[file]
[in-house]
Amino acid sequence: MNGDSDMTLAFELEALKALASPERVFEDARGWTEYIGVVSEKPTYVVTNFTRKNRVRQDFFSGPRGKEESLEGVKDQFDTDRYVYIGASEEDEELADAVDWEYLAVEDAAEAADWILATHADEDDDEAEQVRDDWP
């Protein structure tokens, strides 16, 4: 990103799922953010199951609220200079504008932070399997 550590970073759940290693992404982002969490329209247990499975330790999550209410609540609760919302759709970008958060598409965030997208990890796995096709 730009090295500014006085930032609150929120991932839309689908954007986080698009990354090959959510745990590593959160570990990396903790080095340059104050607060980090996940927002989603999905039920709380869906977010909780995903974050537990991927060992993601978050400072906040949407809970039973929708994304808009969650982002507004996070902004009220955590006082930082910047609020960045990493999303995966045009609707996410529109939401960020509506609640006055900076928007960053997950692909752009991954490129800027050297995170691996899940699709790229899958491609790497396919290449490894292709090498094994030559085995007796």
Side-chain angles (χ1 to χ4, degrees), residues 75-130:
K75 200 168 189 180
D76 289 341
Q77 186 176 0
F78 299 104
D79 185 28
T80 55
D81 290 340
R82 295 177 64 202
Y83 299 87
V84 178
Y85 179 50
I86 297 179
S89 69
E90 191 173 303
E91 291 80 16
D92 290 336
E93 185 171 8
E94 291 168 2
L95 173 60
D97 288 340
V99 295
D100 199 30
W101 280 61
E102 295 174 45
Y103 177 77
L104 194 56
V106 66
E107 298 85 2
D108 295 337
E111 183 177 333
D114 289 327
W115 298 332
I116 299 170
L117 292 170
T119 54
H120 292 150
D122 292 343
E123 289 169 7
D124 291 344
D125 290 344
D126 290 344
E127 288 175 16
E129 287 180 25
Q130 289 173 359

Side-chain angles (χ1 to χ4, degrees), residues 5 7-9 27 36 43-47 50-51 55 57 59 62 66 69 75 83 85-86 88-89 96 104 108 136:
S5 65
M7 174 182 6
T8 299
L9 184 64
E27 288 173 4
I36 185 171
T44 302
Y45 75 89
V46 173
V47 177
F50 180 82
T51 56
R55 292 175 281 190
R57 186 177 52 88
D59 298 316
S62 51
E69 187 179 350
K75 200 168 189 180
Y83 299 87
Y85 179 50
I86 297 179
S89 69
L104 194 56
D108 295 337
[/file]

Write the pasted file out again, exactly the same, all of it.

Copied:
[in-house]
Amino acid sequence: MNGDSDMTLAFELEALKALASPERVFEDARGWTEYIGVVSEKPTYVVTNFTRKNRVRQDFFSGPRGKEESLEGVKDQFDTDRYVYIGASEEDEELADAVDWEYLAVEDAAEAADWILATHADEDDDEAEQVRDDWP
């Protein structure tokens, strides 16, 4: 990103799922953010199951609220200079504008932070399997 550590970073759940290693992404982002969490329209247990499975330790999550209410609540609760919302759709970008958060598409965030997208990890796995096709 730009090295500014006085930032609150929120991932839309689908954007986080698009990354090959959510745990590593959160570990990396903790080095340059104050607060980090996940927002989603999905039920709380869906977010909780995903974050537990991927060992993601978050400072906040949407809970039973929708994304808009969650982002507004996070902004009220955590006082930082910047609020960045990493999303995966045009609707996410529109939401960020509506609640006055900076928007960053997950692909752009991954490129800027050297995170691996899940699709790229899958491609790497396919290449490894292709090498094994030559085995007796």
Side-chain angles (χ1 to χ4, degrees), residues 75-130:
K75 200 168 189 180
D76 289 341
Q77 186 176 0
F78 299 104
D79 185 28
T80 55
D81 290 340
R82 295 177 64 202
Y83 299 87
V84 178
Y85 179 50
I86 297 179
S89 69
E90 191 173 303
E91 291 80 16
D92 290 336
E93 185 171 8
E94 291 168 2
L95 173 60
D97 288 340
V99 295
D100 199 30
W101 280 61
E102 295 174 45
Y103 177 77
L104 194 56
V106 66
E107 298 85 2
D108 295 337
E111 183 177 333
D114 289 327
W115 298 332
I116 299 170
L117 292 170
T119 54
H120 292 150
D122 292 343
E123 289 169 7
D124 291 344
D125 290 344
D126 290 344
E127 288 175 16
E129 287 180 25
Q130 289 173 359

Side-chain angles (χ1 to χ4, degrees), residues 5 7-9 27 36 43-47 50-51 55 57 59 62 66 69 75 83 85-86 88-89 96 104 108 136:
S5 65
M7 174 182 6
T8 299
L9 184 64
E27 288 173 4
I36 185 171
T44 302
Y45 75 89
V46 173
V47 177
F50 180 82
T51 56
R55 292 175 281 190
R57 186 177 52 88
D59 298 316
S62 51
E69 187 179 350
K75 200 168 189 180
Y83 299 87
Y85 179 50
I86 297 179
S89 69
L104 194 56
D108 295 337